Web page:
The Office of the Privacy Commissioner of Canada (the OPC) has updated its Guidance Document on Privacy in the Workplace (the Updated Guidance Document), which was last published in 2004. The Updated Guidance Document is intended to provide all employers with guidelines on privacy issues in the workplace, even though the OPC’s official jurisdiction extends only to certain federal entities and organizations.
Below is a summary of the key takeaways for employers.
Employee Monitoring Must be Reasonable
The most notable guidance relates to employee monitoring. With the advent of remote working, many employers have adopted tools to track and monitor employees for purposes of measuring employee productivity. The OPC expressly supports employee monitoring for legitimate purposes but cautions that it should be reasonable and limited to the purpose for which it is intended.
Where an employer chooses to adopt a monitoring tool, the OPC provides the following guidance:
- Limit employee monitoring to purposes that are specific, targeted, and reasonable, such as measuring productivity or use of company vehicles.
- Tell employees that their activities are being tracked, how it is being tracked, and for what specific purposes it is being tracked.
- Ensure that employee personal information collected through monitoring tools are properly secured and kept confidential.
- If an employee asks to see information relating to their activities, be prepared to provide the information to the employee.
Employees Cannot Waive Privacy Rights
The Updated Guidance Document confirms that employees cannot waive their right to privacy. This means that employers cannot require employees to waive their privacy rights as a condition of their employment. This also means that employees cannot waive their right to provide informed consent before their personal information is collected, used, and disclosed (where applicable). Consent must always be voluntary and based on clear and specific information.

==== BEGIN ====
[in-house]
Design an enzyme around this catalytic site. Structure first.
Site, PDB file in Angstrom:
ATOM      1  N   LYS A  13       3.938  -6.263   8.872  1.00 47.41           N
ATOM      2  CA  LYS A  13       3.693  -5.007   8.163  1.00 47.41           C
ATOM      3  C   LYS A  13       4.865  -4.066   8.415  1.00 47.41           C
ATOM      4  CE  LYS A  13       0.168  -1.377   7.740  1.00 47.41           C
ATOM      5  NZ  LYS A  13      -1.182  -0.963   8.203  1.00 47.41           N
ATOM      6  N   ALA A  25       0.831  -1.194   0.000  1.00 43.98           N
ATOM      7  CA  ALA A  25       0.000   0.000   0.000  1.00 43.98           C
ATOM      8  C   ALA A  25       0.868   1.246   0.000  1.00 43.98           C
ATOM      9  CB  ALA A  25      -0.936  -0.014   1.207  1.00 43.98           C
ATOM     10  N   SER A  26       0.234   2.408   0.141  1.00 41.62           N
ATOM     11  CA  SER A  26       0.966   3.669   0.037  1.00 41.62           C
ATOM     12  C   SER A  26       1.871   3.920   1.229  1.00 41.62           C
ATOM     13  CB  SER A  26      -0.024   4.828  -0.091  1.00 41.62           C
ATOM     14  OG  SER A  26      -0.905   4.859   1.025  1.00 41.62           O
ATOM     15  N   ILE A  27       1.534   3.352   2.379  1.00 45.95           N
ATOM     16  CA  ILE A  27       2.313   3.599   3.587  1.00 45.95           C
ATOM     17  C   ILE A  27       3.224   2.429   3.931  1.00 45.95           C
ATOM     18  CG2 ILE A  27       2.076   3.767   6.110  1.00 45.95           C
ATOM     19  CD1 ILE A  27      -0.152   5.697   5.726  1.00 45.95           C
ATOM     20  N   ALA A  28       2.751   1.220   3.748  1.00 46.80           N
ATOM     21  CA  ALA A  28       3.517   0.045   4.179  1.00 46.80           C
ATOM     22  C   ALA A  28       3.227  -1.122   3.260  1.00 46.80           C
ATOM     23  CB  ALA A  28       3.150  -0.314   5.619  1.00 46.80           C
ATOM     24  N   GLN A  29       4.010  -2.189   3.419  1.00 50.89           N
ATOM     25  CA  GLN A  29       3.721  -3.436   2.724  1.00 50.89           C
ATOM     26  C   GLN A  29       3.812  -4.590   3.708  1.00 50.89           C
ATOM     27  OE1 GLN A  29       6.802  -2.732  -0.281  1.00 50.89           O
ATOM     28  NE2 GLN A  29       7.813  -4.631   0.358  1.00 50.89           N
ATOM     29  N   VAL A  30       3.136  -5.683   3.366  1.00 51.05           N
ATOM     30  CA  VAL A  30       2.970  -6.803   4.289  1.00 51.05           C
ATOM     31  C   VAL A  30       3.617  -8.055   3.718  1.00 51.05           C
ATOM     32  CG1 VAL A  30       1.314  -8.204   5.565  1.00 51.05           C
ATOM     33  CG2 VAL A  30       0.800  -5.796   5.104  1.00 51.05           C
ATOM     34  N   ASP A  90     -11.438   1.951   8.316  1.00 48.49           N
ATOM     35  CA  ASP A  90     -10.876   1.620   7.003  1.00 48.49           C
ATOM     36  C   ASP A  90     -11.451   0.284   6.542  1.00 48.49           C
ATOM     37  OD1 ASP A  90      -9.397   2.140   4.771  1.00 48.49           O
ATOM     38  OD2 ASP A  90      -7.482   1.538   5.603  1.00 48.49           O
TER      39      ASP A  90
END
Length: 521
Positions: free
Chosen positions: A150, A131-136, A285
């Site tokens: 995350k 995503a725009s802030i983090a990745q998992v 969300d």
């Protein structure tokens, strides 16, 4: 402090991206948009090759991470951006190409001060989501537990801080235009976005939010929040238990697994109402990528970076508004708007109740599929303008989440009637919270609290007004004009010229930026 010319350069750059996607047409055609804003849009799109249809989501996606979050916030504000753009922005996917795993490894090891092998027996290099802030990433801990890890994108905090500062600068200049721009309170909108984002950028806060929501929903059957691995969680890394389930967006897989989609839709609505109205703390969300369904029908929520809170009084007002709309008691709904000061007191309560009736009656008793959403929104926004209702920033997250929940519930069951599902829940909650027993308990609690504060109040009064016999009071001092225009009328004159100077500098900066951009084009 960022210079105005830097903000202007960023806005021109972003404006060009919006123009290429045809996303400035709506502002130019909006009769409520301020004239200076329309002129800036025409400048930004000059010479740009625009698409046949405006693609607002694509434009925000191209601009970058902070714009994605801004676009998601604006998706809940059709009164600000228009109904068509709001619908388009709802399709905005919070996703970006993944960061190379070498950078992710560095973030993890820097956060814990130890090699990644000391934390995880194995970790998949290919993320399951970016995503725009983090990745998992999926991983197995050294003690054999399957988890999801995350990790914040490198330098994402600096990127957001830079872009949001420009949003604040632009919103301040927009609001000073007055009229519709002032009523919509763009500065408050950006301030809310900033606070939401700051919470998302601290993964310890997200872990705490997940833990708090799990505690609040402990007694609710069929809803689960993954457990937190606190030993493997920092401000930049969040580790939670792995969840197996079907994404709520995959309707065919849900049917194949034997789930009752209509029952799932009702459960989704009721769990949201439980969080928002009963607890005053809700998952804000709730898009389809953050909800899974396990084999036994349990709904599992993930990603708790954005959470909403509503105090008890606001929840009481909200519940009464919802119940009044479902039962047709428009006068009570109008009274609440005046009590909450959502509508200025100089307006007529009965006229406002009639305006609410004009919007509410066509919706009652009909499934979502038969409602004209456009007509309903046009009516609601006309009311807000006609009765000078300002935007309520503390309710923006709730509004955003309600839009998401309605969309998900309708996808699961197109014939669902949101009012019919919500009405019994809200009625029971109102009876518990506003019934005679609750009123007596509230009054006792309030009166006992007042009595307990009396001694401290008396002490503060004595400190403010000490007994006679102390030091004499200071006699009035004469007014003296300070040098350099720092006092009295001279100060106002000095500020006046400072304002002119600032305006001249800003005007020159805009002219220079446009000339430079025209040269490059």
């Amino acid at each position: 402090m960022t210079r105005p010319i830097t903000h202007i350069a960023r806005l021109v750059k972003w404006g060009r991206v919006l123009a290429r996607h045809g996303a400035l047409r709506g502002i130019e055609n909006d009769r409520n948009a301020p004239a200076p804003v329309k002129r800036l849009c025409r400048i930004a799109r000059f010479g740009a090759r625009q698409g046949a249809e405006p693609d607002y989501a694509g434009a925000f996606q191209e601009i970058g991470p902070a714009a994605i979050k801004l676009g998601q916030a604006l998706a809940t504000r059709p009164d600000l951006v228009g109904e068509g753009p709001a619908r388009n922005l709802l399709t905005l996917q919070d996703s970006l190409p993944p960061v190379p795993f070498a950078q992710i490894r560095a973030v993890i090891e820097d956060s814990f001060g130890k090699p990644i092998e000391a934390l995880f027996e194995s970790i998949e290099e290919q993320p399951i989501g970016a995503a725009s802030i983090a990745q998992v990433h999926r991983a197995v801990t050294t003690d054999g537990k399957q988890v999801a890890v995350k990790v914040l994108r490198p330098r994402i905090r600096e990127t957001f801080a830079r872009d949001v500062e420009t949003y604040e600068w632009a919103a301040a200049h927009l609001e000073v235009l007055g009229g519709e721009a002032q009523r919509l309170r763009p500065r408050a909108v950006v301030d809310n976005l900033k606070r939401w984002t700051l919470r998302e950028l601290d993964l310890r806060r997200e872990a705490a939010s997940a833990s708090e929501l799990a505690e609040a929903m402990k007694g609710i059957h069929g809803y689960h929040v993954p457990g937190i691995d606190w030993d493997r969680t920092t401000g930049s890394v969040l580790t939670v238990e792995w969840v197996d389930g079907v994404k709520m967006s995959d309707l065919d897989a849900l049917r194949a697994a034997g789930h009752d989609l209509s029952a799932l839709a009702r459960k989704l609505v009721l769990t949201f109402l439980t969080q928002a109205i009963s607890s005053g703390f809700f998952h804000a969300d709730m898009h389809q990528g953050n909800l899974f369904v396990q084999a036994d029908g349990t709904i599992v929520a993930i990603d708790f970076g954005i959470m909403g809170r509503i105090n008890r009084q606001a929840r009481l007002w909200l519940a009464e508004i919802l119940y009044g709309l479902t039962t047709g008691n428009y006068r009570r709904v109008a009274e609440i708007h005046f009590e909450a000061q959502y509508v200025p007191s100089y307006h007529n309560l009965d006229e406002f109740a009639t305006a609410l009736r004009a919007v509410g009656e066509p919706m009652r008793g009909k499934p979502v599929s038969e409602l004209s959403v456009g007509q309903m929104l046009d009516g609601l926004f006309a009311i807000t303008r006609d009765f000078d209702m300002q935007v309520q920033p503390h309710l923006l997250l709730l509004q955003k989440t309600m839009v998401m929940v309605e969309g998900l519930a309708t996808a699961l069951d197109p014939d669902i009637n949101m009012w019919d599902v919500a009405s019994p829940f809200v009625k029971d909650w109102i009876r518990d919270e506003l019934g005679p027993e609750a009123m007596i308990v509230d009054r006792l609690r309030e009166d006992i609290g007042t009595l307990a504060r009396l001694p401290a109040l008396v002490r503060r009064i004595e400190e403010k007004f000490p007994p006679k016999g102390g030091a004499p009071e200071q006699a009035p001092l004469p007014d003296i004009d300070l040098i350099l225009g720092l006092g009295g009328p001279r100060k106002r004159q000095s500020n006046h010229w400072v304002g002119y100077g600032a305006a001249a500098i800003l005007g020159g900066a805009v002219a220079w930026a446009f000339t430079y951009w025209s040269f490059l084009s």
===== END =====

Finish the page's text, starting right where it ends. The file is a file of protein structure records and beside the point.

For employers who are subject to privacy legislation that requires consent, we recommend updating employment contracts and privacy policies to ensure that employees are provided with the necessary information to provide informed consent. In particular, privacy policies should be used to confirm the specific purposes for which employee personal information may be collected, used and disclosed, such as payroll and benefits administration.
Key Considerations for Management of Employee Personal Information
The Updated Guidance Document also reaffirms important considerations relating to the management of employee personal information. Most notably, the OPC recommends employment policies to govern the collection, use and disclosure of employee personal information, and recommends that employers be transparent and share these policies with employees. The OPC also cautions that even when consent is not required, employers may still need to provide notice to employees (which is a legal requirement in British Columbia) that their personal information will be collected, used and disclosed, and the purposes for which it will be collected, used and disclosed.
The Updated Guidance Document includes the following eight practical tips for employers to build their workplace privacy policies and procedures:
- Examine all relevant legal obligations and authorities;
- Map out what employee information is being collected, used, and disclosed;
- Conduct Privacy Impact Assessments;
- Test your proposed employee management information practices;
- Limit collection;
- Be transparent and open;
- Respect key privacy principles; and
- Be aware of inappropriate practices/no-go zones.
For a more detailed discussion of each of these tips, please consult the Updated Guidance document here.